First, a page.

True Colors Tips

Keeping the Spirit of True Colors® Alive Every Day

This column is the latest installment in a series features by Division staff that will offer tips on how to integrate the True Colors® curriculum into your workplace.

Texas Parents staff

Texas Parents staff

Our staff at Texas Parents is working to keep the spirit of True Colors® alive so we can enhance our work and strengthen our team. To do this our team set a realistic goal given our hectic schedules and unpredictable days. We now try to integrate a True Colors® activity into our staff team meetings once a month.

For our first meeting I picked something simple and fun. I put the colors on separate sheets of paper in a bag for each staff member to select randomly. I charged each person to “plan the perfect party” for the color they picked. After five minutes of think time each person shared. That led to a lively discussion full of laughter, debate and enlightenment. The activity also reminded us that even those of us who share the same primary color are different and we should not stereotype.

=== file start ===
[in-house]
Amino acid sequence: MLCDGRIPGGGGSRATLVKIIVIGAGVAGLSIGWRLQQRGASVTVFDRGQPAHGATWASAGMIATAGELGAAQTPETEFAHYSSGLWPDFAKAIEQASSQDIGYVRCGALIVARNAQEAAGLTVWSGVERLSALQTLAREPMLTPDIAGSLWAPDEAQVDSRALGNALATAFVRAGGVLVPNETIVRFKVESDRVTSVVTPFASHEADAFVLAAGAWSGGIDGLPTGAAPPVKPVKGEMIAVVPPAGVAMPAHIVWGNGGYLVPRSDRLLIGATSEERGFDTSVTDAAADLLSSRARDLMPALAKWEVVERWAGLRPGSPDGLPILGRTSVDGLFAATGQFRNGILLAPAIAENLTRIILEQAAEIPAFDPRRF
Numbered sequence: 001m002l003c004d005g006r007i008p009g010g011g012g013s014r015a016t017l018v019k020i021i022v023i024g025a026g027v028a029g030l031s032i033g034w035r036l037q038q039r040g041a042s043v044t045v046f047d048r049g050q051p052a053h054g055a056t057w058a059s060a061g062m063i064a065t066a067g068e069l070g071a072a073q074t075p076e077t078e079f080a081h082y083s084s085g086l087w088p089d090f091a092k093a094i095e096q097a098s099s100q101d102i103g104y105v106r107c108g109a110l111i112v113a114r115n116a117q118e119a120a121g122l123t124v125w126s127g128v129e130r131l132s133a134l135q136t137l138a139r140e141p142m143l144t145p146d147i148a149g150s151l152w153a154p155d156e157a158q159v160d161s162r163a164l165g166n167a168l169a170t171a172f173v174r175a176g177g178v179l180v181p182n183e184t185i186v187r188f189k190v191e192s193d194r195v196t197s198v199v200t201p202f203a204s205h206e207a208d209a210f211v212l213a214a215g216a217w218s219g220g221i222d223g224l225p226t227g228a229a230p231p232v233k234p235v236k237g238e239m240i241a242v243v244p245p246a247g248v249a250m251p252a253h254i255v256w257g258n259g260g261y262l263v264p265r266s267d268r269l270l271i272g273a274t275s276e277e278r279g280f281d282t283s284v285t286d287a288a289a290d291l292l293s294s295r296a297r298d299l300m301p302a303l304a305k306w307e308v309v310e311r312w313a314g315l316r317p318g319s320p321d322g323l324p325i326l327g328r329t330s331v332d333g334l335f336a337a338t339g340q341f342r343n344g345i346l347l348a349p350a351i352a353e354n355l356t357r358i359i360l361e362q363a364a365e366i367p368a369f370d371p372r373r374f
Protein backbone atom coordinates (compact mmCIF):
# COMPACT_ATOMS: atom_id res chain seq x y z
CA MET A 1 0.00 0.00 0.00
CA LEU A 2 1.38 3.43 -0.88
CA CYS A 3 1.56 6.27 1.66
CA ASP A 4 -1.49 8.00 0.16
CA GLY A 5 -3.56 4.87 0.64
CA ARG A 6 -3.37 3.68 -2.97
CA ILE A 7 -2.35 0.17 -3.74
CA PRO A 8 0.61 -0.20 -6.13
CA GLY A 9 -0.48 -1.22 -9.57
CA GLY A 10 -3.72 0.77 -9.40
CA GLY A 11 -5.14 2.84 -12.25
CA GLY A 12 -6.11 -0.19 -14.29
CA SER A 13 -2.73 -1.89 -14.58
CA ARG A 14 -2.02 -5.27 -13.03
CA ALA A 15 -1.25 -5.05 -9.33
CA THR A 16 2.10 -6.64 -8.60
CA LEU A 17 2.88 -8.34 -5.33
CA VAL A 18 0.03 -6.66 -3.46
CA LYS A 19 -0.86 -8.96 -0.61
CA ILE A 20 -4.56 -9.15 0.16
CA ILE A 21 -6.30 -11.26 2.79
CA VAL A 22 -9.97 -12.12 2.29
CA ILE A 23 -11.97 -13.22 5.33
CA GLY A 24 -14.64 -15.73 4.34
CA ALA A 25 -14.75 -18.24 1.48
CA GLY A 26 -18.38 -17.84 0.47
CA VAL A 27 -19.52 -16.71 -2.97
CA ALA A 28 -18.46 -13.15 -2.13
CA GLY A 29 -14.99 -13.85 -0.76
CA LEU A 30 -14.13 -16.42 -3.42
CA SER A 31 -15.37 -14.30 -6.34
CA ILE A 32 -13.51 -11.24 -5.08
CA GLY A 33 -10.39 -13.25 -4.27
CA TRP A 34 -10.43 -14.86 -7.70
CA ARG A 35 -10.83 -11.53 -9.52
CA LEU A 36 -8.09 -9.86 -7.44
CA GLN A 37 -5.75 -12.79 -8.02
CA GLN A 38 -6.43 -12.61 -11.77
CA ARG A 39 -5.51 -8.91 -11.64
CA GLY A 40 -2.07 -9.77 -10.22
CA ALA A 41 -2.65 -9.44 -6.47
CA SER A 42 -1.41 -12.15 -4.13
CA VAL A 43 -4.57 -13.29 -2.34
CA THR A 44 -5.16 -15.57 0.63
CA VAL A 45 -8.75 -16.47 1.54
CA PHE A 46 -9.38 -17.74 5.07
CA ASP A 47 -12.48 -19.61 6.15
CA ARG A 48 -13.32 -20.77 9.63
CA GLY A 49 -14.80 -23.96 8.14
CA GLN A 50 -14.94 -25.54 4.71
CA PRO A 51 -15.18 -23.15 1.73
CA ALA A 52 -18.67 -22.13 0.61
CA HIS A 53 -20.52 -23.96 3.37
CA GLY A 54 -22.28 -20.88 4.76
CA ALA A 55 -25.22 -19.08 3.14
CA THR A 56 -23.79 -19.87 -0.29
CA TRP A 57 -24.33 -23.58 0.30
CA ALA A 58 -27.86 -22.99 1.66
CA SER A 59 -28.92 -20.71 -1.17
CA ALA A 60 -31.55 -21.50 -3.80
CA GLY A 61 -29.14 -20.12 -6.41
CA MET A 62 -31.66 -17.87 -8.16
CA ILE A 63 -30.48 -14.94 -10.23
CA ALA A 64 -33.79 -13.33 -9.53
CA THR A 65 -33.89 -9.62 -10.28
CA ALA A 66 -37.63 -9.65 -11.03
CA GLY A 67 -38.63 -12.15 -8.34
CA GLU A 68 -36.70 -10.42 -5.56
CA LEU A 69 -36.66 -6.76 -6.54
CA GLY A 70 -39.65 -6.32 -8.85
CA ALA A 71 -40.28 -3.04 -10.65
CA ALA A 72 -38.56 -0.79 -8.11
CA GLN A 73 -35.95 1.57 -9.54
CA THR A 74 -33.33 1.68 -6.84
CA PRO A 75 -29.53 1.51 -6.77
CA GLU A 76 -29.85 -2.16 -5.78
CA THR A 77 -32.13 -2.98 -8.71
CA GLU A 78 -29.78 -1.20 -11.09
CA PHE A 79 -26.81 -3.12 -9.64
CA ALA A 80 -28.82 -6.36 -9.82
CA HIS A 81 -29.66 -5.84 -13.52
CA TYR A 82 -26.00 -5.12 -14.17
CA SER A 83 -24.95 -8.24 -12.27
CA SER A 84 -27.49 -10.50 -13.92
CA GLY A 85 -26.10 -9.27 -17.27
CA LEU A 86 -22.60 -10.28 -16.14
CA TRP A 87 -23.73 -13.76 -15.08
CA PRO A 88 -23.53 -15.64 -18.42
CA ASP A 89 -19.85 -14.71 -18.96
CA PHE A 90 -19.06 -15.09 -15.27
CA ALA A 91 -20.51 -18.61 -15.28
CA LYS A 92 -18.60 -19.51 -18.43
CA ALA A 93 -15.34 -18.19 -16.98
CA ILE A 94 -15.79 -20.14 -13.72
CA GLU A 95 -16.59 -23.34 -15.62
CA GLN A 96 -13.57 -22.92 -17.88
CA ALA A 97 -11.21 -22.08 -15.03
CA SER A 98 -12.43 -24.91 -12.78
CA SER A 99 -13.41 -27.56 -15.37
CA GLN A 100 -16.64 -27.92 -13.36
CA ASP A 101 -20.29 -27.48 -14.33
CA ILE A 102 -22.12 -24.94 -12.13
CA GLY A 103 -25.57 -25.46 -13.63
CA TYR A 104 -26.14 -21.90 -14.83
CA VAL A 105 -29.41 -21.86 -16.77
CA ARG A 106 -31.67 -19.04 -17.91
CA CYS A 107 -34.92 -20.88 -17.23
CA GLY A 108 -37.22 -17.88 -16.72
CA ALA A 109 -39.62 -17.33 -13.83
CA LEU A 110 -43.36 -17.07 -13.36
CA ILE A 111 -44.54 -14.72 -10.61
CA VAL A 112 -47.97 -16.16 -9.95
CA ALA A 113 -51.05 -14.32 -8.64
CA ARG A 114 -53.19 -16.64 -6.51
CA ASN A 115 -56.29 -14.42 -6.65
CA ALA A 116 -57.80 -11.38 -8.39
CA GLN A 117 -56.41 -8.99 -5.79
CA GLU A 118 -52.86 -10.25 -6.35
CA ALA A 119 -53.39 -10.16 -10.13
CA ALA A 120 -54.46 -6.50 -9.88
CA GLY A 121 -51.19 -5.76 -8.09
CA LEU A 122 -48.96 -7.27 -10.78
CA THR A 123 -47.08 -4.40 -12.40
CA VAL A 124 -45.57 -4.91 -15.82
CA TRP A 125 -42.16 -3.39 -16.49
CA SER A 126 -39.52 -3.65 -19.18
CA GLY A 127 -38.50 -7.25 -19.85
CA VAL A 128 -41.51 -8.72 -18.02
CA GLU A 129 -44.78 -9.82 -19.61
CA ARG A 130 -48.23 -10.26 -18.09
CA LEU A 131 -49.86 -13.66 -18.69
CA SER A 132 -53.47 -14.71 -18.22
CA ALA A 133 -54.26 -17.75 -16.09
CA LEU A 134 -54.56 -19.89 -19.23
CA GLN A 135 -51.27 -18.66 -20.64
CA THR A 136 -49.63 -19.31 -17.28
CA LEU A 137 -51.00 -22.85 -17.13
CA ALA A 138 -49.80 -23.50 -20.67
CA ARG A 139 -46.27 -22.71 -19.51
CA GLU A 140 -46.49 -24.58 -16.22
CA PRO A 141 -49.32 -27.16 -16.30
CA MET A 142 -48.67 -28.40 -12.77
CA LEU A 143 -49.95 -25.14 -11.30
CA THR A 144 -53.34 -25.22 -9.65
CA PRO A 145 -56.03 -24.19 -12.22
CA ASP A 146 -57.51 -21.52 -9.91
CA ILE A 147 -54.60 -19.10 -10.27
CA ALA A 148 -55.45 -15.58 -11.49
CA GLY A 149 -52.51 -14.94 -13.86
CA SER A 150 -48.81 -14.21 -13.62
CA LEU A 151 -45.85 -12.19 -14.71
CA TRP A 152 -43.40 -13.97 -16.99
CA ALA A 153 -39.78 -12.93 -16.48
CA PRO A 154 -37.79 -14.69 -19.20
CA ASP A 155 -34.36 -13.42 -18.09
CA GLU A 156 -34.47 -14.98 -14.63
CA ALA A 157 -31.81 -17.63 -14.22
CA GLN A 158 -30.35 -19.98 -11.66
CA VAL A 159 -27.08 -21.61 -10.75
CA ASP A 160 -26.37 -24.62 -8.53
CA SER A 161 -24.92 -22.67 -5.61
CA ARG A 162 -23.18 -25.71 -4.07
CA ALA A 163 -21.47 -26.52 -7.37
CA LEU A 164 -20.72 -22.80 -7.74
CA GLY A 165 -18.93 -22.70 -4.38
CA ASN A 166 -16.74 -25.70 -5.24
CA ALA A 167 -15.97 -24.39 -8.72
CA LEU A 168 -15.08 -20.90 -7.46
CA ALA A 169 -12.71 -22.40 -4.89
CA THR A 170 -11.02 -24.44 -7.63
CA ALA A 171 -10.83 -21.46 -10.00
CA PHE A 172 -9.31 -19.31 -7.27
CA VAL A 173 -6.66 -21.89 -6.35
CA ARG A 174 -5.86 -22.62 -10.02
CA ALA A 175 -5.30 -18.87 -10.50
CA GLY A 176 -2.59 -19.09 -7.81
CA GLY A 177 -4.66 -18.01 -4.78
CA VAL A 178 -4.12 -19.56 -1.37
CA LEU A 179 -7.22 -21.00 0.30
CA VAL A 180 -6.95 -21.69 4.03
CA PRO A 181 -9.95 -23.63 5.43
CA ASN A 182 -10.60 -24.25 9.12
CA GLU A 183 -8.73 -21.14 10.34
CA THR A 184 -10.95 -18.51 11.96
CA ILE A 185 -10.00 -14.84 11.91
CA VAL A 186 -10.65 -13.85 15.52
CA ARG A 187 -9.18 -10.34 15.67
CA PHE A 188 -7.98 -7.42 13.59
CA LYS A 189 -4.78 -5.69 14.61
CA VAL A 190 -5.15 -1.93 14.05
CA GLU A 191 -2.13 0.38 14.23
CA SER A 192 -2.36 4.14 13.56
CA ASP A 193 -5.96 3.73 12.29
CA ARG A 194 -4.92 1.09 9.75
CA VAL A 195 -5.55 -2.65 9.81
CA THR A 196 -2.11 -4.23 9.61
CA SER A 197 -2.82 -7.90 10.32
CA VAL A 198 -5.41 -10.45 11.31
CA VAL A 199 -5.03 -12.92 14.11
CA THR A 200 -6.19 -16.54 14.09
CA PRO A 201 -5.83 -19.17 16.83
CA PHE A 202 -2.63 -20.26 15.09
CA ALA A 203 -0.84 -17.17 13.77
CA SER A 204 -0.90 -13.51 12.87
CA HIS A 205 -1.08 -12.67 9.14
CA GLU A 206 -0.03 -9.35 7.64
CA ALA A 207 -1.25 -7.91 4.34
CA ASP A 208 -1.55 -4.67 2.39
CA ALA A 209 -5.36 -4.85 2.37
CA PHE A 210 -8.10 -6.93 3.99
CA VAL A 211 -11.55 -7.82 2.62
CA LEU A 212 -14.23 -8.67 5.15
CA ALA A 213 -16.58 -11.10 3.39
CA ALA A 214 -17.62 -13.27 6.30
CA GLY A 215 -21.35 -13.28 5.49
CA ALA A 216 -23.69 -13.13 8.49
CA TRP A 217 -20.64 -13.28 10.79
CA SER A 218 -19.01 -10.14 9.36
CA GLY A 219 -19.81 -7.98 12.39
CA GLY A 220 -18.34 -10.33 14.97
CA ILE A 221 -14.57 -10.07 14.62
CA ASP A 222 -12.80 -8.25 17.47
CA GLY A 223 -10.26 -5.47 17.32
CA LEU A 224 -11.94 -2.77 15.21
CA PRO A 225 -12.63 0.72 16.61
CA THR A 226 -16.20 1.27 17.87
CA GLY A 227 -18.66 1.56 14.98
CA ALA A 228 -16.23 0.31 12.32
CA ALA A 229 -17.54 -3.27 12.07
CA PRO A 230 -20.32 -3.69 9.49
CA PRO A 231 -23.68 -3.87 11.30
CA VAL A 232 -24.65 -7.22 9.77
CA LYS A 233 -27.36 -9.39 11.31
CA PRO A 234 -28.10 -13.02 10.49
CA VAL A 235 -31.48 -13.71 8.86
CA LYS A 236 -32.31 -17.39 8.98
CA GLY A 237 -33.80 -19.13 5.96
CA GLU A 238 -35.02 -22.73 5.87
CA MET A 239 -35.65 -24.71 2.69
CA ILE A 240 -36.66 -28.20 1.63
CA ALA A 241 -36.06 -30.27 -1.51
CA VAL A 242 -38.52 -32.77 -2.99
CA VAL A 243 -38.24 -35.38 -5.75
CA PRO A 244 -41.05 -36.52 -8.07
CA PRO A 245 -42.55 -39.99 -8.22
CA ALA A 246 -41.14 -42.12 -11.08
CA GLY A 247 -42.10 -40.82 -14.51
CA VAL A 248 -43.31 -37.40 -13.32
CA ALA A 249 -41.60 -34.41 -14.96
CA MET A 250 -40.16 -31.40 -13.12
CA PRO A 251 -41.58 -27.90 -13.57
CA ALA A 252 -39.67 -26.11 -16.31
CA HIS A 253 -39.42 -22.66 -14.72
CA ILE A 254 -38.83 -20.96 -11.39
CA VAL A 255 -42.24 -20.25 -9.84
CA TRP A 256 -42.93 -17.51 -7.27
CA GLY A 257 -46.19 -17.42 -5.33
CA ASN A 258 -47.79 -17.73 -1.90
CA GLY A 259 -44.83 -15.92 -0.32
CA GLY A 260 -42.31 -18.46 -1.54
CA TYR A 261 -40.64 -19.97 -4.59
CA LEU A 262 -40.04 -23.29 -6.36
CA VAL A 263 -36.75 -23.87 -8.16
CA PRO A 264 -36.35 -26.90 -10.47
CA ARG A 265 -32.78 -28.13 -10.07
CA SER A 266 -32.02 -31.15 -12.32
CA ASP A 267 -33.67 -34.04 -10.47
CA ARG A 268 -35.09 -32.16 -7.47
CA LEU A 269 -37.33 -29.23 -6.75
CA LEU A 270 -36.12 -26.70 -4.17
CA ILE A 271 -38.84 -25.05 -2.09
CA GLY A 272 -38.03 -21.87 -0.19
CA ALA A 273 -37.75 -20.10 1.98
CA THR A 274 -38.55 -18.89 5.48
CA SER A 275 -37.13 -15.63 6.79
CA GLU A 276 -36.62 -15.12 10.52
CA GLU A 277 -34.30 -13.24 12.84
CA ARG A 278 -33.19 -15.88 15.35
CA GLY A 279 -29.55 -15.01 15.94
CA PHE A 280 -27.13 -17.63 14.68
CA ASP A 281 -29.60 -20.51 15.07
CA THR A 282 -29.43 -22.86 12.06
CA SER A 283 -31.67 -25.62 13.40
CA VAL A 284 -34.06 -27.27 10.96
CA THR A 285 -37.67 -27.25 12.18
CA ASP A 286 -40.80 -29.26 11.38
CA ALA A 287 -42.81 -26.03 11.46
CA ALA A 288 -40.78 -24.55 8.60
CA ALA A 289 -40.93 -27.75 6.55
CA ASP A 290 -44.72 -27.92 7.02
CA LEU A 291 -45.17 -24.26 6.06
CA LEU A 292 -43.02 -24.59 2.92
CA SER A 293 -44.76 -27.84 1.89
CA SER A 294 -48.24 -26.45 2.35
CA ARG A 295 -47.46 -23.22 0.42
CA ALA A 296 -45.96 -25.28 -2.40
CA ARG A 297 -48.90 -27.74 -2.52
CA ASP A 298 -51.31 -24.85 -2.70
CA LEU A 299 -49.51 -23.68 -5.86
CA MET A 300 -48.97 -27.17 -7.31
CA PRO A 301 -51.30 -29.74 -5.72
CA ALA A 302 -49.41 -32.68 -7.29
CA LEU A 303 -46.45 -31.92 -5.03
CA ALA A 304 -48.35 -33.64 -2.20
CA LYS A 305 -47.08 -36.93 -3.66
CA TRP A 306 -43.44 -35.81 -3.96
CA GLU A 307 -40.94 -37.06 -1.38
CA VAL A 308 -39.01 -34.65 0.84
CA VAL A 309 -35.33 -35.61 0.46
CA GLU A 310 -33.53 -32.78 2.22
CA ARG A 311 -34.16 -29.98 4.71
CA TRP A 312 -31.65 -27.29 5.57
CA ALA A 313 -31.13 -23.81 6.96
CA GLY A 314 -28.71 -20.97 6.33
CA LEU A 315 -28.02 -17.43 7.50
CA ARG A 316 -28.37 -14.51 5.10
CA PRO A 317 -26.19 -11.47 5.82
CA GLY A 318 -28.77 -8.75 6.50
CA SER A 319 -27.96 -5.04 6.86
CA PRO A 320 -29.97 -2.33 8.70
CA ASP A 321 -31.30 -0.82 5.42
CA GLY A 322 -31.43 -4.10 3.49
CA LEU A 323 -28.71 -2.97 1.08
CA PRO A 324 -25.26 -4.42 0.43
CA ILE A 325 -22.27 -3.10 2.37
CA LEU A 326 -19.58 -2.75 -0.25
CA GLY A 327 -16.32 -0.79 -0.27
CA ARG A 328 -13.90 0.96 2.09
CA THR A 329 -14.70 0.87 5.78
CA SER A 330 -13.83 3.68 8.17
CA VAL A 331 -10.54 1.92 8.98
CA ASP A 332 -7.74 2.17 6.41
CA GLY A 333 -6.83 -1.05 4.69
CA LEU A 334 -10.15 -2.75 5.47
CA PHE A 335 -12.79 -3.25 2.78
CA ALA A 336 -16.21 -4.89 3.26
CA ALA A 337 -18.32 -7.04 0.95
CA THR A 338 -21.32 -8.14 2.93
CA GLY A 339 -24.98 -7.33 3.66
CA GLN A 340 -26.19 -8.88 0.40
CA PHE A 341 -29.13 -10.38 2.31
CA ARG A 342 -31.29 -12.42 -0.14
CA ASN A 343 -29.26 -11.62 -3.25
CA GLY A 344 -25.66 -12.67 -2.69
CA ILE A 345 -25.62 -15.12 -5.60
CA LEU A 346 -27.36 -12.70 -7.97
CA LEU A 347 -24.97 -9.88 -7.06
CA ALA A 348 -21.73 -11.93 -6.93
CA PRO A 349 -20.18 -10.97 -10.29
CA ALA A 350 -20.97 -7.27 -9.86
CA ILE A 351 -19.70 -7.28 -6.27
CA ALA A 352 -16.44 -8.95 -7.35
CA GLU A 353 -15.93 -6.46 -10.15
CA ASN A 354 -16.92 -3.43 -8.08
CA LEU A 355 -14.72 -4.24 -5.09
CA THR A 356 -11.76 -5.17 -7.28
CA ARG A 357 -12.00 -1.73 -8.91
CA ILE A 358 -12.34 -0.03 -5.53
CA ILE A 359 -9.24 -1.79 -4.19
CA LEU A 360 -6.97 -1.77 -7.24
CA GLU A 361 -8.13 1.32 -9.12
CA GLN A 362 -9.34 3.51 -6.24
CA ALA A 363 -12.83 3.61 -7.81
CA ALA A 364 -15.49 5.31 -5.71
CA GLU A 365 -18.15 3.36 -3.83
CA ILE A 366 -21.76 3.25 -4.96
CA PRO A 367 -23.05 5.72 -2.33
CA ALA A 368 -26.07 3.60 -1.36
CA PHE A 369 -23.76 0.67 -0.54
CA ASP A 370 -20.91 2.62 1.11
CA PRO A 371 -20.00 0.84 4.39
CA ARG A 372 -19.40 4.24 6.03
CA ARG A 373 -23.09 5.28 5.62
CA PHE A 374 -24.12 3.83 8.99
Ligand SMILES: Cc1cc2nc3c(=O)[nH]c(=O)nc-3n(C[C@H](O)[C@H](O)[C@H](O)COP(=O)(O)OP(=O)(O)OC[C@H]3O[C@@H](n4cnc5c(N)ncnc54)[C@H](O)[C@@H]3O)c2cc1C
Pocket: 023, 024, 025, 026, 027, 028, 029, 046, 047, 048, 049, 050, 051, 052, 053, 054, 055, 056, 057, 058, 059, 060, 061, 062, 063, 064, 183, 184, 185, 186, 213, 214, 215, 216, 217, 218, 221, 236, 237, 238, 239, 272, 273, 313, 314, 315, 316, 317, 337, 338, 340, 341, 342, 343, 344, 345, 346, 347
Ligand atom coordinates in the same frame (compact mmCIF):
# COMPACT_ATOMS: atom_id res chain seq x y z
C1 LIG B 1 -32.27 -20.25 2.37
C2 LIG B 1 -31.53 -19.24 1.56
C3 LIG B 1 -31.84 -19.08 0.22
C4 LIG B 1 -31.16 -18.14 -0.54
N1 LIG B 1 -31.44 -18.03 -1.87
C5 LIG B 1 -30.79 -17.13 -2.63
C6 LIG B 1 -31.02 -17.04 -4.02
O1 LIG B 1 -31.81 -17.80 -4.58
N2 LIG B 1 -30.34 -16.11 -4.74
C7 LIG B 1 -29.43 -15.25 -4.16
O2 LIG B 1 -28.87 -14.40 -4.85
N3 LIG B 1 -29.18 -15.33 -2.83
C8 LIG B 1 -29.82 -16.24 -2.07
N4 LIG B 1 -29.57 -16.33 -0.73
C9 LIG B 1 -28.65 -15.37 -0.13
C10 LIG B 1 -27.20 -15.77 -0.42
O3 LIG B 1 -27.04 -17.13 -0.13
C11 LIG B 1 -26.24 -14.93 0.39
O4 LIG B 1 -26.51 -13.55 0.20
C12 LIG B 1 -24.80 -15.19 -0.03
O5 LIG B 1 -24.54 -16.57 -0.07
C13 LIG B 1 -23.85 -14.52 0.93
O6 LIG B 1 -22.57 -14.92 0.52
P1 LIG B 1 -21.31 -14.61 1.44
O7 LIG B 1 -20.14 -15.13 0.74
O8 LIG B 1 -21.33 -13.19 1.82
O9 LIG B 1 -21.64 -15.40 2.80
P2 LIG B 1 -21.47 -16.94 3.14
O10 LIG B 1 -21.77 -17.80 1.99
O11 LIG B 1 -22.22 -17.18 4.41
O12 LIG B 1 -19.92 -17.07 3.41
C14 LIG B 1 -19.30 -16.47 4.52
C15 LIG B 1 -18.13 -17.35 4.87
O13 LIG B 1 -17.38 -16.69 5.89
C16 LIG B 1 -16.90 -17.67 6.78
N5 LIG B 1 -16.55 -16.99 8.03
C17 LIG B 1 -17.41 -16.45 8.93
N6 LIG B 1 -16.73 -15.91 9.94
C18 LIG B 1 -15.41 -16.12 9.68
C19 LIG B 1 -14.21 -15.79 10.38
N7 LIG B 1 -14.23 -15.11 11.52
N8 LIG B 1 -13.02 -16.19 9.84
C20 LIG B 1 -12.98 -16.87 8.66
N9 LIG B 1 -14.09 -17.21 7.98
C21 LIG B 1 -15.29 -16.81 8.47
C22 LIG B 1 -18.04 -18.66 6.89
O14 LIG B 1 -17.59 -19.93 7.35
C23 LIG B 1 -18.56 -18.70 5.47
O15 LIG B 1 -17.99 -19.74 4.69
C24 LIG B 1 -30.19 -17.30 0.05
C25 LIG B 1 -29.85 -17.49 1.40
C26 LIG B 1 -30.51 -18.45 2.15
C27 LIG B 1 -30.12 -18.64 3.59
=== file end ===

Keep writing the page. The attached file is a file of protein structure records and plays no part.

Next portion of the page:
The next activity delved deeper since we were about to embark on a very busy and stressful time. Still, we kept it simple. We took turns sharing how each of us experienced stress and what we need from our colleagues during a stressful time. Since we had worked to build a foundation of trust, we were all able to feel comfortable sharing our feelings. We walked away with more trust and tools to help us manage stress and support each other.

As you can see, activities can be simple and fun but can still lead to insightful conversation that enhances our work and office culture. I encourage you to find ways to bring True Colors® into your team’s day-to-day work whether it is a simple 15-minute activity or a deeper discussion. If you commit just a little time once a month or even a few times a year, your team will continue to reap the benefits.

Let’s keep that True Colors® spirit alive and well within our teams and the Division.

Adrienne MacKenzie
Assistant Director
Texas Parents